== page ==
Procopius of Caesarea (Greek: ? Prokópios ho Kaisareús; Latin: Procopius Caesariensis; c. 500 - c. 554) was a prominent late antiqueGreek scholar from Palaestina Prima.[a] Accompanying the Byzantine general Belisarius in Emperor Justinian's wars, Procopius became the principal Byzantine historian of the 6th century, writing the History of the Wars, the Buildings, and the Secret History. He is commonly classified as the last major historian of the ancient Western world.
Apart from his own writings, the main source for Procopius's life is an entry in the Suda, a Greek encyclopaedia written sometime after 975, which discusses his early life. He was a native of Caesarea in the province of Palaestina Prima. He would have received a conventional elite education in the Greek classics and rhetoric, perhaps at the famous school at Gaza. He may have attended law school, possibly at Berytus (present-day Beirut) or Constantinople (now Istanbul),[b] and became a lawyer (rhetor). He evidently knew Latin, as was natural for a man with legal training.[c] In 527, the first year of the reign of the emperor JustinianI, he became the legal adviser (adsessor) for Belisarius, a general whom Justinian made his chief military commander in a great attempt to restore control over the lost western provinces of the empire.[d]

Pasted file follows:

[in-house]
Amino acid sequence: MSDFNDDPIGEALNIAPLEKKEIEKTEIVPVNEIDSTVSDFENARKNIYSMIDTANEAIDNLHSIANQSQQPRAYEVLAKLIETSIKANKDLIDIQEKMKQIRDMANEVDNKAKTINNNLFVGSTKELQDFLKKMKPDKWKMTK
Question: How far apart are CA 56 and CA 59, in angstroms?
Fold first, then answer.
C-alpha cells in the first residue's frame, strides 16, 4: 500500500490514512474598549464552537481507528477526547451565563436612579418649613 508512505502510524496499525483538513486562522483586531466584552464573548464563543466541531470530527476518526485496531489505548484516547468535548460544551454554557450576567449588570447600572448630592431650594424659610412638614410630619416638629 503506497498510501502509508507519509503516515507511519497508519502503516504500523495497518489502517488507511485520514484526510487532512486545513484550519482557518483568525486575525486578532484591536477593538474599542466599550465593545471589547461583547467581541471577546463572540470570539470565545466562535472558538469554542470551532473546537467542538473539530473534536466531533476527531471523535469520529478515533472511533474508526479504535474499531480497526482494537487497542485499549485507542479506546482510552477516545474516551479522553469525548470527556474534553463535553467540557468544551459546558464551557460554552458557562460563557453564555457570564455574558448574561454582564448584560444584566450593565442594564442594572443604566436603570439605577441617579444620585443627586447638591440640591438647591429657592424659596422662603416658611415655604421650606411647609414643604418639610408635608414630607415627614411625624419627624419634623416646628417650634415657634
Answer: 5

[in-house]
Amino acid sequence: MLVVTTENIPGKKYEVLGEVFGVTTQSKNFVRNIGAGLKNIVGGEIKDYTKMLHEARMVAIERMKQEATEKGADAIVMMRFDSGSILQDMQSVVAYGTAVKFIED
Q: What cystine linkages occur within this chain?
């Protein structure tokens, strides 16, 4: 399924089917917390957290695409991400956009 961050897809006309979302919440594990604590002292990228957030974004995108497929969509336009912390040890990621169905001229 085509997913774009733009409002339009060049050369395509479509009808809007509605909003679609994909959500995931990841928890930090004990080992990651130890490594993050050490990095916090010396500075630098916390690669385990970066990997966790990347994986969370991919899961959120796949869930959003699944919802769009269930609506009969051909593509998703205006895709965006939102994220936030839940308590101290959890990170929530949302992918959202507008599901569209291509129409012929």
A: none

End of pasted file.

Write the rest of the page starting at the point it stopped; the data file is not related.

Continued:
As magister militum, Belisarius was an "illustrious man" (Latin: vir illustris; Greek: , illoústrios); being his adsessor, Procopius must therefore have had at least the rank of a "visible man" (vir spectabilis). He thus belonged to the mid-ranking group of the senatorial order (ordo senatorius). However, the Suda, which is usually well informed in such matters, also describes Procopius himself as one of the illustres. Should this information be correct, Procopius would have had a seat in the Constantinople's senate, which was restricted to the illustres under Justinian.
It is not certain when Procopius died. Many historians--including Howard-Johnson, Cameron, and Greatrex--date his death to 554, but there was an urban prefect of Constantinople (praefectus urbi Constantinopolitanae) called Procopius in 562. In that year, Belisarius was implicated in a conspiracy and was brought before this urban prefect.
The writings of Procopius are the primary source of information for the rule of the emperor JustinianI. Procopius was the author of a history in eight books on the wars prosecuted by Justinian, a panegyric on the emperor's public works projects throughout the empire, and a book known as the Secret History that claims to report the scandals that Procopius could not include in his officially sanctioned history.
History of the Wars